Coffee Market Price Ends 2017 at 21-Month Low
The International Coffee Organization (ICO) reported that prices for all groups of coffee fell over the course of December, though the steepest decline occurred in Robusta prices. The ICO composite indicator price averaged 114 US cents/lb in December 2017, down 2.8% from November 2017.
Exports in November 2017 were 9.2% lower than the same month last year on 9.02 million bags. Shipments of Arabica were 5.5% lower at 6.06 million bags while Robusta shipments decreased by 15.9%, to 2.96 million bags. Global coffee output for 2017-18 is preliminary estimated at 158.78 million bags, 0.7% higher than last year. Arabica production is provisionally estimated at 97.32 million bags, 1.1% lower than last year due to an expected reduction in output from Colombia and Brazil. However, Robusta production is provisionally estimated 3.7% higher than last year at 61.46 million bags, due largely to growth in Vietnam.
In December 2017, the ICO composite indicator price averaged 114 US cents/lb, which is the lowest level since February 2016, when it was 111.75 US cents/lb. The indicator price started the month at 117.30 US cents/lb and then fell to a minimum of 110.48 US cents/lb on 12 December. On the last day of the month, the indicator price reached 115.88 US cents/lb.
Prices for all group indicators fell in December 2017 with Robusta experiencing the steepest decline and Colombia Milds, the smallest. The monthly average for the Robusta group decreased by 4.1%. The average prices for Colombian Milds, Other Milds and Brazilian Naturals were down 1.7%, 2.5% and 2.3%, respectively. The average arbitrage in December, as measured on the New York and London futures markets, decreased by 3.2% to 46.95 US cents/lb. Meanwhile intra‐day volatility of the ICO composite indicator price declined by 0.2 percentage points to 5.2%, which is the fifth consecutive month of decrease.
Total shipments in November 2017 came to 9.02 million bags, less than the 9.93 million bags exported in the same month of the previous year. Compared with one year ago, shipments of both Arabica and Robusta declined in November 2017 to 6.06 million bags and 2.96 million bags, respectively. Total exports for the first two months of coffee year 2017-18 were 11.3% lower than in the previous year at 17.62 million bags.
World coffee production in 2017-18 is provisionally estimated at around 158.78 million bags, which represents an increase of 0.7% compared with 2016-17, which has been revised up to 157.69 million bags. Total production of Arabica is estimated to decrease by 1.1%, to 97.32 million bags compared with 98.42 million bags last year, as lower production of Colombian Milds and Brazilian Naturals are only partially offset by increases in Other Milds. An increase of 3.7% is expected in Robustas, due largely to a rebound in Vietnam, the world’s largest Robusta producer.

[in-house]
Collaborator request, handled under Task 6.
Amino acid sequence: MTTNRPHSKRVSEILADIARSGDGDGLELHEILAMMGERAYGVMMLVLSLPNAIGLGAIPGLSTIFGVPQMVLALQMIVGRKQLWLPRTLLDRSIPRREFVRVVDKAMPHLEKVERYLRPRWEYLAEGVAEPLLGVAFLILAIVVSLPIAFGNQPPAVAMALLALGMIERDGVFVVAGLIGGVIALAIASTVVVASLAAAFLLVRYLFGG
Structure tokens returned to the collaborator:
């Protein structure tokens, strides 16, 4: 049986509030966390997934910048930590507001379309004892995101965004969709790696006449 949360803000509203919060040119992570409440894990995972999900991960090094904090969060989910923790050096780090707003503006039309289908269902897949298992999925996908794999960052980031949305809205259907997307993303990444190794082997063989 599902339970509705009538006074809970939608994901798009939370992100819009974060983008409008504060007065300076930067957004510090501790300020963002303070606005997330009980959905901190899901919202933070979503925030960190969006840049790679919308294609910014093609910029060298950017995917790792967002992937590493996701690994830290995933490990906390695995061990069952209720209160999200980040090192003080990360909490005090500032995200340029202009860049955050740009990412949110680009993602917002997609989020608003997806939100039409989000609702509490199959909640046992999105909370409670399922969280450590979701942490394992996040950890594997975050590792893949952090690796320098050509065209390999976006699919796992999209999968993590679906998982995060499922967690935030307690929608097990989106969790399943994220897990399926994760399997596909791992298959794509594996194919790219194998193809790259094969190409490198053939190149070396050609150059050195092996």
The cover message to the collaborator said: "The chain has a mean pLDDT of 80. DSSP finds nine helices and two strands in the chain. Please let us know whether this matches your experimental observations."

After reaching 55 million bags in 2016-17, Brazil’s output is estimated to decline to 51.5 million bags in 2017-18. Compared with crop year 2016-17, production of Arabica decreased by 6.4%, to 38.63 million bags. In addition to the expected biennial downturn of the Arabica crop, smaller bean sizes and an outbreak of the coffee berry borer also contributed to the decline in production. Brazil exported 2.79 million bags of coffee in November 2017, 15% lower than one year ago. Its shipments in the first two months of coffee year 2017-18 are estimated at 5.66 million bags, a decrease of 14.7% compared with one year ago.
In 2016-17, Vietnam’s production declined by 11.1%, to 25.54 million bags due to overly hot and dry weather. However, output in Vietnam is provisionally estimated to increase to 28.5 million bags in crop year 2017-18, 11.6% higher than in the previous year. Sufficient rainfall for crop year 2017-18 is expected to improve nutrient uptake and increase yields. Exports during the first two months of crop year 2017-18 are estimated at 3.08 million bags, down 19.4% from one year ago as excessive rains have delayed harvesting of the new crop.
After increasing over the last five crop years, production in Colombia is provisionally estimated to decrease by 4.3%, to 14 million bags as heavy rains caused damage during the flowering of the trees. In the last few crop years, Colombia’s output has expanded due to replanted coffee trees coming into production and beneficial weather. Shipments from Colombia are estimated at 2.29 million bags for the period October to November 2017, 10.5% lower than the same period one year ago.
In Indonesia, a decrease in production of 6%, to 10.8 million bags is provisionally expected in crop year 2017-18 due to lack of good farm management and excessive rains. On the other hand, output in Honduras is expected to rise by 12%, to 8.35 million bags, which would be the fourth consecutive season of growth. Indonesia’s exports in October‐November 2017 are estimated down 41.6%, to 0.96 million bags compared with last year while Honduras’s shipments during the same period increased by 1.7%, to 0.22 million bags.
The Coffee Board of India has indicated that it expects production to increase by 12.3%, to 5.84 million bags due to beneficial rains during the fruit-setting period as well as an expected increase as Arabica production enters its on‐year in the biennial cycle. Smaller increases are expected provisionally in Ethiopia, Uganda, Peru, and Mexico.